Goldman, Bank of America left off Ant IPO for work with Alibaba rivals3 min read . Updated: 04 Aug 2020, 08:35 AM IST
The sale is expected to raise more than $10 billion and could value Ant Financial at $200 billion
Goldman Sachs Group Inc. and Bank of America Corp. were left off Ant Group’s upcoming stock sale in Hong Kong because of their past work with rivals of its affiliate Alibaba, according to people familiar with the matter.
Bankers have been told by senior executives at Alibaba Group Holding Ltd, which owns a third of Ant, that they should refrain from doing deals for its competitors if they want business from Jack Ma’s sprawling empire, the people said. Ant has kicked off plans to go public in Hong Kong and Shanghai in offerings that could top Saudi Aramco’s record $29 billion IPO.
The directive shows that Wall Street banks are having to make early bets on which firms to stick with in China, especially as juggernauts like Alibaba and Tencent Holdings Ltd extend their tentacles into hundreds of businesses in finance, transportation, retail and entertainment.
“The duopoly issue is not unique to China, but the scale and scope of Alibaba and Tencent’s business operations create an excruciating dilemma for investment banks," said Andy Mok, a senior research fellow at the Center for China and Globalization in Beijing. “Alibaba and Tencent’s businesses are so big, you can risk being blocked out of a significant future revenue stream."
While bankers everywhere have to be careful doing work for their clients’ rival firms, Chinese conglomerates are taking it to a new level. Even though banks have firewalls to ensure separate teams handle deals for the likes of Alibaba and Tencent, that’s proving to not be enough, the people familiar said.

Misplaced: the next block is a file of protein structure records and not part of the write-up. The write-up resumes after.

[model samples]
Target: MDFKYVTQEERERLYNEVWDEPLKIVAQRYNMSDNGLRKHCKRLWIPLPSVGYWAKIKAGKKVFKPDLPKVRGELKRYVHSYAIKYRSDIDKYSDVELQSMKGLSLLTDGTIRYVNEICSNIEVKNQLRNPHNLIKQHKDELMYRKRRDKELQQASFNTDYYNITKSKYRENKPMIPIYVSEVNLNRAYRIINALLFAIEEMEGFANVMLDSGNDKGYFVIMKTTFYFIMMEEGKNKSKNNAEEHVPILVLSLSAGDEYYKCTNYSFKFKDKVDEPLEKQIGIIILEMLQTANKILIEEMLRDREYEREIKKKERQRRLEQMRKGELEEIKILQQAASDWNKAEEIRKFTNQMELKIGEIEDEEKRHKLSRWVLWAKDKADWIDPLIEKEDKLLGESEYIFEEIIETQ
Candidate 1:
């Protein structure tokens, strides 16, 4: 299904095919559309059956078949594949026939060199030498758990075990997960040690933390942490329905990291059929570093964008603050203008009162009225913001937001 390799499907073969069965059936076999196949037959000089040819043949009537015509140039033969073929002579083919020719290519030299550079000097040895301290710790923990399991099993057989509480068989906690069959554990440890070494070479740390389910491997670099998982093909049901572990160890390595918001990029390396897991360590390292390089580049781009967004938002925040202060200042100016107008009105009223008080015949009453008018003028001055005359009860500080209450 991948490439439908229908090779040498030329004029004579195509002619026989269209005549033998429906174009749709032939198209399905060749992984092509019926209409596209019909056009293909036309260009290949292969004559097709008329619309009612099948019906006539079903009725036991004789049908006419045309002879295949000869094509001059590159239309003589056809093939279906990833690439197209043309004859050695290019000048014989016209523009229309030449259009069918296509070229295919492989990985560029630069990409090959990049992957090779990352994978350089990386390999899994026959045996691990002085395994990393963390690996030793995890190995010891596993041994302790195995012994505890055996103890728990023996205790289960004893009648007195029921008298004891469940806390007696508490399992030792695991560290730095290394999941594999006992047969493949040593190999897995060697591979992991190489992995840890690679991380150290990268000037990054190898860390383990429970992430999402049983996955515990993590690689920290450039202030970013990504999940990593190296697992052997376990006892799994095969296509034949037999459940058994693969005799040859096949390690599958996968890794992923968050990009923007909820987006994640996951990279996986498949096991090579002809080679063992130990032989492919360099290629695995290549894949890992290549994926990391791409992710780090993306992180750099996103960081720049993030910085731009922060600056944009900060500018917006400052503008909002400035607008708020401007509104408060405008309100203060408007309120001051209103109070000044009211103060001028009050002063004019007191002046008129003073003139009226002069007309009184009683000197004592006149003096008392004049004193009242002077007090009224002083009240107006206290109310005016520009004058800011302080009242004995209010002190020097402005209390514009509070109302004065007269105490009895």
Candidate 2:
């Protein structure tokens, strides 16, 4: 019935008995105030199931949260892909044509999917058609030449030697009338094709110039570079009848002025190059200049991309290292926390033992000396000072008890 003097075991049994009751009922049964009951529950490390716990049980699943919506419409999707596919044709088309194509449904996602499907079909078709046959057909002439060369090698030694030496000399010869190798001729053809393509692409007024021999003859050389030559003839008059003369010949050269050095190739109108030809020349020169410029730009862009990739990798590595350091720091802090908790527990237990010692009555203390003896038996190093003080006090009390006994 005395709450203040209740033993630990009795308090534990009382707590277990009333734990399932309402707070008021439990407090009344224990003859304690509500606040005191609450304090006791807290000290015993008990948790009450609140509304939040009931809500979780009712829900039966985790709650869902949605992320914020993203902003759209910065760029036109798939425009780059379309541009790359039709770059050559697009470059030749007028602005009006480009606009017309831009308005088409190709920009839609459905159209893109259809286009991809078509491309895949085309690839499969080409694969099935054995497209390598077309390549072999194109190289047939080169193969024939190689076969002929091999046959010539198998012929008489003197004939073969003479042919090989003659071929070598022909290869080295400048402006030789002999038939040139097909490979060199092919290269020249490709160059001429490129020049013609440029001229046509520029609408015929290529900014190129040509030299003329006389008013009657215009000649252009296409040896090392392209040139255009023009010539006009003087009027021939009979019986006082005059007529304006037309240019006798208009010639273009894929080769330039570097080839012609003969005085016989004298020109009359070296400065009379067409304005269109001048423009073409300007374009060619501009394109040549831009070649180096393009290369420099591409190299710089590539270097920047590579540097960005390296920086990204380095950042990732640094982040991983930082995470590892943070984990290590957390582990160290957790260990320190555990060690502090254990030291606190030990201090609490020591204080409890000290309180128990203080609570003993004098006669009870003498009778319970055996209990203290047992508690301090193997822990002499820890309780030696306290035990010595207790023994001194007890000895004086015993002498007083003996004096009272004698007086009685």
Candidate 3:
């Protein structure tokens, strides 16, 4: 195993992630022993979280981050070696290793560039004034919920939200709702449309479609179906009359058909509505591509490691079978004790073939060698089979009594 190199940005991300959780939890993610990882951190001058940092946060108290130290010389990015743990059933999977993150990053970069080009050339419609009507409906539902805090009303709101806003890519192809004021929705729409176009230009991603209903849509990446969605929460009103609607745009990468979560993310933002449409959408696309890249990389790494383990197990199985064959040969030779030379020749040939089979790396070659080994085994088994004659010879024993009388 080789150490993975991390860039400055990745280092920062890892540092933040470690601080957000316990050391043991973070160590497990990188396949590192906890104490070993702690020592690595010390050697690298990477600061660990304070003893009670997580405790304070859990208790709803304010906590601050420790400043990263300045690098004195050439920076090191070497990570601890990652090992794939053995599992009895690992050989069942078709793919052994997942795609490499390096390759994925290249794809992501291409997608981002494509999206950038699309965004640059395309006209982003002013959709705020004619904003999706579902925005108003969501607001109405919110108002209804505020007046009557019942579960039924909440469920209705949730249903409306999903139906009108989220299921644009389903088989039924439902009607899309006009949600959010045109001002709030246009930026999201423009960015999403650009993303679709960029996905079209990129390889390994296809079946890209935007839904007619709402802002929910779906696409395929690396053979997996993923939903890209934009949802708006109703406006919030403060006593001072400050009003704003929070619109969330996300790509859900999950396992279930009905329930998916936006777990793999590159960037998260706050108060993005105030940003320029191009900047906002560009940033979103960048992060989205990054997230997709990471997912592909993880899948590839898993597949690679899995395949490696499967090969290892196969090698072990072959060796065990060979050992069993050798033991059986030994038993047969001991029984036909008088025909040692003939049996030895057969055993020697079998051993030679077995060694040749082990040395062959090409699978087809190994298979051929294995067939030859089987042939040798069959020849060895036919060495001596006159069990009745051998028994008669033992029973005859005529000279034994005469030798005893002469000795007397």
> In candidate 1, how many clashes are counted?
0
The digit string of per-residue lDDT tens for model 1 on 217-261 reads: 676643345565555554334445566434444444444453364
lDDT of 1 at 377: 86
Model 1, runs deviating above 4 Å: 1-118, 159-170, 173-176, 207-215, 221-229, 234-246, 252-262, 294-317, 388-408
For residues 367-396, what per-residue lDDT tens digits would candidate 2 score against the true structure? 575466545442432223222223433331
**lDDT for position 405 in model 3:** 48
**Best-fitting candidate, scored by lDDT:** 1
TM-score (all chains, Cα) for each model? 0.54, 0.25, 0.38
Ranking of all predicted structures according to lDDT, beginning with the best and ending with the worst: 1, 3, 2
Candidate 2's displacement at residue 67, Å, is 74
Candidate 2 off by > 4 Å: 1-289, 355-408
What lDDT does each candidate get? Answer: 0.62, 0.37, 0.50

Chinese clients are much more likely than their counterparts in the US or Europe to demand non-compete commitments as a show of loyalty, and to ensure that sensitive strategies don’t land in the hands of competitors. And with fewer deals to go around, bankers in the hyper-competitive Chinese market have little choice but to comply.
Though minor distribution roles on Ant’s Hong Kong IPO are still up for grabs, those don’t offer the out-sized fees that banks can expect from leading the sale.
“Competition has increased and Chinese issuers have gotten strong bargaining power," said Bob Dodds, who worked as an investment banker at China International Capital Corp. before setting up DRP Capital Ltd to advise on China-related deals. Goldman and Bank of America’s recent work with Alibaba rivals include $7.7 billion in stock sales for Tencent-backed Pinduoduo Inc. and JD.com Inc. in the last two years, helping these companies build their war chests to take on their larger competitor in the hotly contested e-commerce arena. The two banks have reaped at least $70 million from advising Pinduoduo and JD.com on stock deals, according to data compiled by Bloomberg. The figure doesn’t include the undisclosed fees of a $1 billion bond sale by Pinduoduo in September and the $4.5 billion secondary listing by JD.com in June. Representatives at Goldman and Bank of America declined to comment. Ant and Alibaba declined to comment in separate emailed statements.
Ant is aggressively competing with Tencent’s WeChat Pay to maintain its dominance of China’s $29 trillion mobile payments space. It has been pitching digital payment services to the local arms of KFC Holding Co. and Marriott International Inc. as it transforms its Alipay app into an online mall for everything from loans and travel services to food delivery. Alipay’s share of mobile payments has increased for three consecutive quarters, rising to 55.1% in the fourth quarter, according to consultant iResearch. Tencent has 38.9% of the market.
Ant hired Citigroup Inc., JPMorgan Chase & Co., Morgan Stanley and CICC to lead its Hong Kong IPO. The sale is expected to raise more than $10 billion and could value the firm at $200 billion, people familiar have said. Ant hasn’t selected banks for the Shanghai portion, though global firms will probably be left out because lead underwriters for any IPO on the tech-focused Star board must buy shares in the deal.